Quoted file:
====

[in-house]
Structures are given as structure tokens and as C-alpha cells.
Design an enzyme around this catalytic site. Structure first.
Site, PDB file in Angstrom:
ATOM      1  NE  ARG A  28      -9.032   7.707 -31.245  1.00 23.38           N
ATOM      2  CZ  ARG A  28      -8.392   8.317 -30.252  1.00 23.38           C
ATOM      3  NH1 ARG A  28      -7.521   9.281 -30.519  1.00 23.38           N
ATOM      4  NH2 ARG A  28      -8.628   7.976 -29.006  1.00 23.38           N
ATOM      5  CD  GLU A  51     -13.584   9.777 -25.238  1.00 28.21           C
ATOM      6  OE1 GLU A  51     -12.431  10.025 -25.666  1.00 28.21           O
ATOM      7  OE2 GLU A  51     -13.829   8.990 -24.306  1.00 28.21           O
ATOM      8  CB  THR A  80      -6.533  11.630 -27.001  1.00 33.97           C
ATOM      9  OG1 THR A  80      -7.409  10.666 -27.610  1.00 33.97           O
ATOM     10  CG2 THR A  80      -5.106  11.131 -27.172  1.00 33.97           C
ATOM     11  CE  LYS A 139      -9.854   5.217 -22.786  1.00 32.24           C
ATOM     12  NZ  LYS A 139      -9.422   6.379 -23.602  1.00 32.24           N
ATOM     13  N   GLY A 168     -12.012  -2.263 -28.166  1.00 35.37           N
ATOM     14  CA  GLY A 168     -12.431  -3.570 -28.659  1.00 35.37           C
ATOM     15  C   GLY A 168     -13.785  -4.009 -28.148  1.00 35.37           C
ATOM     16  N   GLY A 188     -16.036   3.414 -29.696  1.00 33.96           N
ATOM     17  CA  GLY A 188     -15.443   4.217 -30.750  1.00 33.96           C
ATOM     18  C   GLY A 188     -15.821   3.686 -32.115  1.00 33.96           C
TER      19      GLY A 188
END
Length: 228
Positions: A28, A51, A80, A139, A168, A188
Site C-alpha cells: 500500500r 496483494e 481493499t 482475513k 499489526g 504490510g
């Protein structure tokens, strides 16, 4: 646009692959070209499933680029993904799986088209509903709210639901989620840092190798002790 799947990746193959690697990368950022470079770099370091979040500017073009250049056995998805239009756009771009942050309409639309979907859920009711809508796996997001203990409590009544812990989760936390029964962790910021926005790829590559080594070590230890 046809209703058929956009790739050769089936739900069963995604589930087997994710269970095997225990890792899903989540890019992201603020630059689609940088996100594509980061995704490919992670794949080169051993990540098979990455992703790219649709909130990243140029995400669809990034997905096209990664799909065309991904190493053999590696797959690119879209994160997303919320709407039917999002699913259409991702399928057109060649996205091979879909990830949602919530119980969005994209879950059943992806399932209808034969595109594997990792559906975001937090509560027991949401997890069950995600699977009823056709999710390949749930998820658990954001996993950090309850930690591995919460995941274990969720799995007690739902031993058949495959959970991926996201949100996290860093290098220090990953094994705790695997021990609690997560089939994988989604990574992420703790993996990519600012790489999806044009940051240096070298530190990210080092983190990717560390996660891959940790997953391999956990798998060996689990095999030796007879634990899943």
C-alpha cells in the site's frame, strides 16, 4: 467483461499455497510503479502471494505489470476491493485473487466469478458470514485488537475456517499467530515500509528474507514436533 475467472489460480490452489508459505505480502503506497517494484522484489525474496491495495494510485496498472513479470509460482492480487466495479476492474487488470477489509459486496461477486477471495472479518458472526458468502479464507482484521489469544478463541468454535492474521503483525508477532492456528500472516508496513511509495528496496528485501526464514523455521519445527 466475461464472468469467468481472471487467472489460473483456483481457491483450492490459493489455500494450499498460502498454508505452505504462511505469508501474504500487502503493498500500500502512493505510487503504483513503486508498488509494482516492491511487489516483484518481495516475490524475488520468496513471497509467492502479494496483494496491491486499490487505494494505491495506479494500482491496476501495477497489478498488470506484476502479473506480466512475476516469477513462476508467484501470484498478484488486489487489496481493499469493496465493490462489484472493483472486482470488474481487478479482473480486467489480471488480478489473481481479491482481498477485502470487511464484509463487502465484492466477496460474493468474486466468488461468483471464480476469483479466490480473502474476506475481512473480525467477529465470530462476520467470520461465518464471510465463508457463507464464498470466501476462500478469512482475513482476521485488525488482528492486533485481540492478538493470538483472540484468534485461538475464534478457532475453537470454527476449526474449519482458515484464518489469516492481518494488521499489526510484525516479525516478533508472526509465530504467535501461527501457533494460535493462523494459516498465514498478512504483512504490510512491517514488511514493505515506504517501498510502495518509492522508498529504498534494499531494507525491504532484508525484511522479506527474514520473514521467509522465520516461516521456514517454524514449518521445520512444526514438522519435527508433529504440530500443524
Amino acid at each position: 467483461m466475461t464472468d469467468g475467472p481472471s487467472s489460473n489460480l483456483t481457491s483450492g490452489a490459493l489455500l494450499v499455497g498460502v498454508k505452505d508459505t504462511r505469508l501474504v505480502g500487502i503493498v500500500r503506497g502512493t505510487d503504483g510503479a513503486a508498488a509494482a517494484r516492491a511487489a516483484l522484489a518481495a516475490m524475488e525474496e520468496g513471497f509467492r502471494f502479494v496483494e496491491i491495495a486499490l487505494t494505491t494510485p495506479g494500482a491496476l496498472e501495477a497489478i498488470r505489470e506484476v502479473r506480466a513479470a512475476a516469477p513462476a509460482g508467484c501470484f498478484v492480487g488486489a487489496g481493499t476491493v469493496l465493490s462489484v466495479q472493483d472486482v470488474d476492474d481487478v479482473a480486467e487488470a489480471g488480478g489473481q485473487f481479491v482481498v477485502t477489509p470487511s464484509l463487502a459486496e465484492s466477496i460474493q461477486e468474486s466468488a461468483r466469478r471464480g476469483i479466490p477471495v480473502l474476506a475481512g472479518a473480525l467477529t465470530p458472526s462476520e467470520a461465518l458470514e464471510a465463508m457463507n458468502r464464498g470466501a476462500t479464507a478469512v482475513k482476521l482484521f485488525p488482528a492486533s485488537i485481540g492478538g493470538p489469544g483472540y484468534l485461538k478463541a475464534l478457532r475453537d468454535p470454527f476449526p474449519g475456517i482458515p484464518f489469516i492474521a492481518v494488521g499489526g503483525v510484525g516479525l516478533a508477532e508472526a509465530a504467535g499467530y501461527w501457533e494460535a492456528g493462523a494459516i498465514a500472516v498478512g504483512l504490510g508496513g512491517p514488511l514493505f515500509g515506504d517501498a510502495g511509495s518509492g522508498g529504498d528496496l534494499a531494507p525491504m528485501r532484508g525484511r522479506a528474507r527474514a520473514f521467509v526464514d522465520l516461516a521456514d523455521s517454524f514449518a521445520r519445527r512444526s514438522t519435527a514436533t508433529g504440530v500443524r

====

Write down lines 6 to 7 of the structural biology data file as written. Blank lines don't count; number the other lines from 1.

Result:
ATOM      2  CZ  ARG A  28      -8.392   8.317 -30.252  1.00 23.38           C
ATOM      3  NH1 ARG A  28      -7.521   9.281 -30.519  1.00 23.38           N